Sequana is deliberately designed to be compatible with successive generations of different technologies (CPUs and accelerators) and can scale to tens of thousands of nodes. It will take advantage of Bull’s liquid cooling systems in order to ensure energy efficiency, and the first version will be available in 2016 and, Derue said: ‘We are paving the way to exascale. With our solution, 100 petaflops systems are possible.’ 

But in all this, Bull too has its eye on scaling in both directions. It is interested in providing powerful computing cheaply to the smaller enterprises. Because Sequana is modular in concept, designed as a group of building blocks, customers will find it easy to deploy and to configure for their own needs, Derue said. But it has also been conceived as a platform that can integrate different types of technologies, so, Derue continued, it should enable smaller customers to take advantage of modern technologies.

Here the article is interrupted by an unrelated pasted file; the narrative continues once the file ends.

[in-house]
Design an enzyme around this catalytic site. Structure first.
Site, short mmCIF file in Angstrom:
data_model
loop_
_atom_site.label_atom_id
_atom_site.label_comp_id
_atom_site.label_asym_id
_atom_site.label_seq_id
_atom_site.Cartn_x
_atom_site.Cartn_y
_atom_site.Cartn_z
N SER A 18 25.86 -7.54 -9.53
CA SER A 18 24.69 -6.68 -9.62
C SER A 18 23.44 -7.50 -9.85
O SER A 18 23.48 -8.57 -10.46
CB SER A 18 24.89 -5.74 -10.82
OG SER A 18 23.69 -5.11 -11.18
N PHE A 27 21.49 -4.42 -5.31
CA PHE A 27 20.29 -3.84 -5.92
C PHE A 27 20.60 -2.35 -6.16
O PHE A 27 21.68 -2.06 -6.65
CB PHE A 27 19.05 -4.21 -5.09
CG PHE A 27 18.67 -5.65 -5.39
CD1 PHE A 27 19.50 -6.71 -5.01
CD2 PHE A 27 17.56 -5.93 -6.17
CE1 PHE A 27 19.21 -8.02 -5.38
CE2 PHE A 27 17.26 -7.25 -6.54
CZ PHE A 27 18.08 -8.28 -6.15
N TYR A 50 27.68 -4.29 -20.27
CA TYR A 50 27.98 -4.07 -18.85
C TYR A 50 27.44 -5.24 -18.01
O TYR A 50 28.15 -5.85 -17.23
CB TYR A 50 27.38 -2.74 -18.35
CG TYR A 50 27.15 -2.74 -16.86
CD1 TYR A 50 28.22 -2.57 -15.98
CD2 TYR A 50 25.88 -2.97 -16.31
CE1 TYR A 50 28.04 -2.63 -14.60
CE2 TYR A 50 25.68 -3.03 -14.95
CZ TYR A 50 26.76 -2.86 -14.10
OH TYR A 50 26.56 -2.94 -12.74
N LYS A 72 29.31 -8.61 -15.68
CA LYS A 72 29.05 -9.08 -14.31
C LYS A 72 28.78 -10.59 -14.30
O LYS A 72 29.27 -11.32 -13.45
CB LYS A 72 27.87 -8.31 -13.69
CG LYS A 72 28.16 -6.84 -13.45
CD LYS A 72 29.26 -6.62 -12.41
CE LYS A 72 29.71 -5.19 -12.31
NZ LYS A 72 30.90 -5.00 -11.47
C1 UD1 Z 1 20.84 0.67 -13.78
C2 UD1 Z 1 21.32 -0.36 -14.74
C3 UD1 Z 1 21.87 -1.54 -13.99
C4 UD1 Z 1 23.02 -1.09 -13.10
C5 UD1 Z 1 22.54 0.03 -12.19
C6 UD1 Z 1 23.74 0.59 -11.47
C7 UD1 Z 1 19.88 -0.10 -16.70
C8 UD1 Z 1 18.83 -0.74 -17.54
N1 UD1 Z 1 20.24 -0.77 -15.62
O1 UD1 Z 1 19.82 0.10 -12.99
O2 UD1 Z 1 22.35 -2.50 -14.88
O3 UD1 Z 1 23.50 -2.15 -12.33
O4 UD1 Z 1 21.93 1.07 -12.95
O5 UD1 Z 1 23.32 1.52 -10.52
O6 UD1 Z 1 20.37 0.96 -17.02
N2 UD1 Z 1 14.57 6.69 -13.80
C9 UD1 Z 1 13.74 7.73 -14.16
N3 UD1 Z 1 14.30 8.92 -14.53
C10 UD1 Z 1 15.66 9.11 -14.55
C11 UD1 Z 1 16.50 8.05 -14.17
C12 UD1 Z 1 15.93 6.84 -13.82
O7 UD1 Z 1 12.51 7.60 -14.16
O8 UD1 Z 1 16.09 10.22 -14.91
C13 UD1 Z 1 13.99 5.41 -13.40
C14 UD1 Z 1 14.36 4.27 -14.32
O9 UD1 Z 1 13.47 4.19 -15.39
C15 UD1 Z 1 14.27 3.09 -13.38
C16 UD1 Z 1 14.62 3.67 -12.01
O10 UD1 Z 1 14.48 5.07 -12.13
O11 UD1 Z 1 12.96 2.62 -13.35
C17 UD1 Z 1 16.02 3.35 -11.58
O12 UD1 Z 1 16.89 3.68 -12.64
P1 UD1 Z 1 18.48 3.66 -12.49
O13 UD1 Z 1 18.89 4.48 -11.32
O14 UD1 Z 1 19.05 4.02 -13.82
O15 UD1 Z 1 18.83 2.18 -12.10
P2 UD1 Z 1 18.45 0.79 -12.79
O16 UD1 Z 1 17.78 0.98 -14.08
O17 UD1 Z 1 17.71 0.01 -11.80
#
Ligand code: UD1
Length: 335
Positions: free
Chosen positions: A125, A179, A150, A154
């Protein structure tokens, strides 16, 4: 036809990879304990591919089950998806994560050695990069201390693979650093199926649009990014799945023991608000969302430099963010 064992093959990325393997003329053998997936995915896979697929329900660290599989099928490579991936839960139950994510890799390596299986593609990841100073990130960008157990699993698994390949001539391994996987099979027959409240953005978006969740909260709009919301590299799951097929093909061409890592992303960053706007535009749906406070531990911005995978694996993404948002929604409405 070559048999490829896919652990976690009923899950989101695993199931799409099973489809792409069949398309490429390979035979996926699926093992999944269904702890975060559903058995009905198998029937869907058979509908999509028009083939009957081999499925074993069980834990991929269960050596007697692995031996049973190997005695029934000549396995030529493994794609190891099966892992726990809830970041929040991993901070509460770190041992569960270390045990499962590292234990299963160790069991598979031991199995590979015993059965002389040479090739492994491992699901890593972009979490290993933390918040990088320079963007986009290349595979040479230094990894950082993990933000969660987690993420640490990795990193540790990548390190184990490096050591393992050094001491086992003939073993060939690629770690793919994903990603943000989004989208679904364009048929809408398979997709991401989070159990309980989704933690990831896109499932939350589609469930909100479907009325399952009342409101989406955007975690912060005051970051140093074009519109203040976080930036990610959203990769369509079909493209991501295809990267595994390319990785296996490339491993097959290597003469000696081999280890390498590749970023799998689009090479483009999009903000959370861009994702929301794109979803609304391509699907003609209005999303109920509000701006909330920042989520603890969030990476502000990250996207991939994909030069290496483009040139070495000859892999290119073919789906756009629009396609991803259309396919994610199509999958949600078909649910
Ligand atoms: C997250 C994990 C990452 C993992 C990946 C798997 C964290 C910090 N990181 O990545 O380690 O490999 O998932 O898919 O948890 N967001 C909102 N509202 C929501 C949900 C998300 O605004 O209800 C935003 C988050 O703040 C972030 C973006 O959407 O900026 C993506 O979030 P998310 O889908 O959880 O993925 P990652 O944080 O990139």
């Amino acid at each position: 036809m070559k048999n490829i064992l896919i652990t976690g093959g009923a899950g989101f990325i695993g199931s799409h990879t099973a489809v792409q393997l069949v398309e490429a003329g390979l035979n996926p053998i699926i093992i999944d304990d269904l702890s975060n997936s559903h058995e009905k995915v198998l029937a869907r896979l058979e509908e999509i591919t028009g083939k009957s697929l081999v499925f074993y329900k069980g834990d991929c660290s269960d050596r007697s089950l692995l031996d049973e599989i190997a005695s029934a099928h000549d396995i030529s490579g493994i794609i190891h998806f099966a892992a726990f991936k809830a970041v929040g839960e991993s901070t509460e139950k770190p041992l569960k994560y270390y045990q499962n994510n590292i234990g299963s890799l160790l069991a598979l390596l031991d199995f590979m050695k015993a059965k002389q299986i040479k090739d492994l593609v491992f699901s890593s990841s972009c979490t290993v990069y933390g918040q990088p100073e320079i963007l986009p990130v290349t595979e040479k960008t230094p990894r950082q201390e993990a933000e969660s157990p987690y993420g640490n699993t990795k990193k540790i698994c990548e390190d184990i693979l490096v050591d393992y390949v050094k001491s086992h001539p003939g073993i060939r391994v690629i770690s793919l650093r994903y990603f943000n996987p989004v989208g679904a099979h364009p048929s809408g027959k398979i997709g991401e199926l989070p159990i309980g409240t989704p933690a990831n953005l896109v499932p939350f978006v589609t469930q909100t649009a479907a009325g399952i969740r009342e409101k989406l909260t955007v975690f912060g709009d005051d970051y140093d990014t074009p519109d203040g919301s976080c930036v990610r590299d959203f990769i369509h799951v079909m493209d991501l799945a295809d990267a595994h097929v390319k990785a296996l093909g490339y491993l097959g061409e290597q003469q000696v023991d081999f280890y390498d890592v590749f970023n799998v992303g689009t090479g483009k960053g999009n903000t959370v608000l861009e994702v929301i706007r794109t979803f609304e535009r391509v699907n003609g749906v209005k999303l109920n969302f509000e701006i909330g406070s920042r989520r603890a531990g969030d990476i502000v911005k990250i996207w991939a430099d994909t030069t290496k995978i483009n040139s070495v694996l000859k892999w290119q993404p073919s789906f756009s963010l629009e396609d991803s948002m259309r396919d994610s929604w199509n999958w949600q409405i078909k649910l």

The flexibility to tailor systems to the customer’s preferences is one of the selling points of Eurotech’s Hive system. It is so-called not only because of the ‘high velocity’ computing it offers but also because, as it is encapsulated in Eurotech’s distinctive ‘brick’ format, a computer consisting of many of these elements somewhat resembles a beehive.

The concept had been introduced at ISC’14 in Leipzig in the summer, but now, according to Eurotech’s Giovanbattista Mattiussi, it has been translated into a proper product. The idea, he said, is to extend the company’s product line so the Hive will be available in several versions: CPU only; CPU plus accelerator (which could be either a GPU or the Intel Phi ‘co-processor’); and an extreme accelerated version which would include Arm based processors, in particular the Applied Micro X Gene 64 bit realisation of the Arm architecture.